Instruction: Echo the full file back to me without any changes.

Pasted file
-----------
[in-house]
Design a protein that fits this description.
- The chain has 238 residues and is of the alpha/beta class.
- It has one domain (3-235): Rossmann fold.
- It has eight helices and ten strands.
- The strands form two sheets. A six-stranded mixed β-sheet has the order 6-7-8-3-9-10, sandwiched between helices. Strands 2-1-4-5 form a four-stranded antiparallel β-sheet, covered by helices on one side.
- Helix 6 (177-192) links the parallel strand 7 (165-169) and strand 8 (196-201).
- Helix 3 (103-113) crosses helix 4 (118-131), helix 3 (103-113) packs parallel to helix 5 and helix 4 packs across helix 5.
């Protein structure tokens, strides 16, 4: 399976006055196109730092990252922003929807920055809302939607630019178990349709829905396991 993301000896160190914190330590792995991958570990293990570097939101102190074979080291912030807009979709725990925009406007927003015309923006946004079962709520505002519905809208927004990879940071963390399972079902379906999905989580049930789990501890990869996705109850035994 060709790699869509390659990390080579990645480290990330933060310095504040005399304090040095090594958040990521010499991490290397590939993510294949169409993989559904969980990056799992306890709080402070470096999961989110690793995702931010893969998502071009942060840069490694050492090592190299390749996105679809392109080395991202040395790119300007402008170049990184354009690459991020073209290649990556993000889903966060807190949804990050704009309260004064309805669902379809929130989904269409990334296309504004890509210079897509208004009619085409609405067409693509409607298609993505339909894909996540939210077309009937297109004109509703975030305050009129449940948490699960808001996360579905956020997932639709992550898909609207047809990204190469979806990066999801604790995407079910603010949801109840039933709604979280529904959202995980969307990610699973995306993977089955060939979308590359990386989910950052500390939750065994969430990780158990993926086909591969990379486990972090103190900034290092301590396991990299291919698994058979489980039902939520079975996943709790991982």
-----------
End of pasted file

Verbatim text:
[in-house]
Design a protein that fits this description.
- The chain has 238 residues and is of the alpha/beta class.
- It has one domain (3-235): Rossmann fold.
- It has eight helices and ten strands.
- The strands form two sheets. A six-stranded mixed β-sheet has the order 6-7-8-3-9-10, sandwiched between helices. Strands 2-1-4-5 form a four-stranded antiparallel β-sheet, covered by helices on one side.
- Helix 6 (177-192) links the parallel strand 7 (165-169) and strand 8 (196-201).
- Helix 3 (103-113) crosses helix 4 (118-131), helix 3 (103-113) packs parallel to helix 5 and helix 4 packs across helix 5.
């Protein structure tokens, strides 16, 4: 399976006055196109730092990252922003929807920055809302939607630019178990349709829905396991 993301000896160190914190330590792995991958570990293990570097939101102190074979080291912030807009979709725990925009406007927003015309923006946004079962709520505002519905809208927004990879940071963390399972079902379906999905989580049930789990501890990869996705109850035994 060709790699869509390659990390080579990645480290990330933060310095504040005399304090040095090594958040990521010499991490290397590939993510294949169409993989559904969980990056799992306890709080402070470096999961989110690793995702931010893969998502071009942060840069490694050492090592190299390749996105679809392109080395991202040395790119300007402008170049990184354009690459991020073209290649990556993000889903966060807190949804990050704009309260004064309805669902379809929130989904269409990334296309504004890509210079897509208004009619085409609405067409693509409607298609993505339909894909996540939210077309009937297109004109509703975030305050009129449940948490699960808001996360579905956020997932639709992550898909609207047809990204190469979806990066999801604790995407079910603010949801109840039933709604979280529904959202995980969307990610699973995306993977089955060939979308590359990386989910950052500390939750065994969430990780158990993926086909591969990379486990972090103190900034290092301590396991990299291919698994058979489980039902939520079975996943709790991982």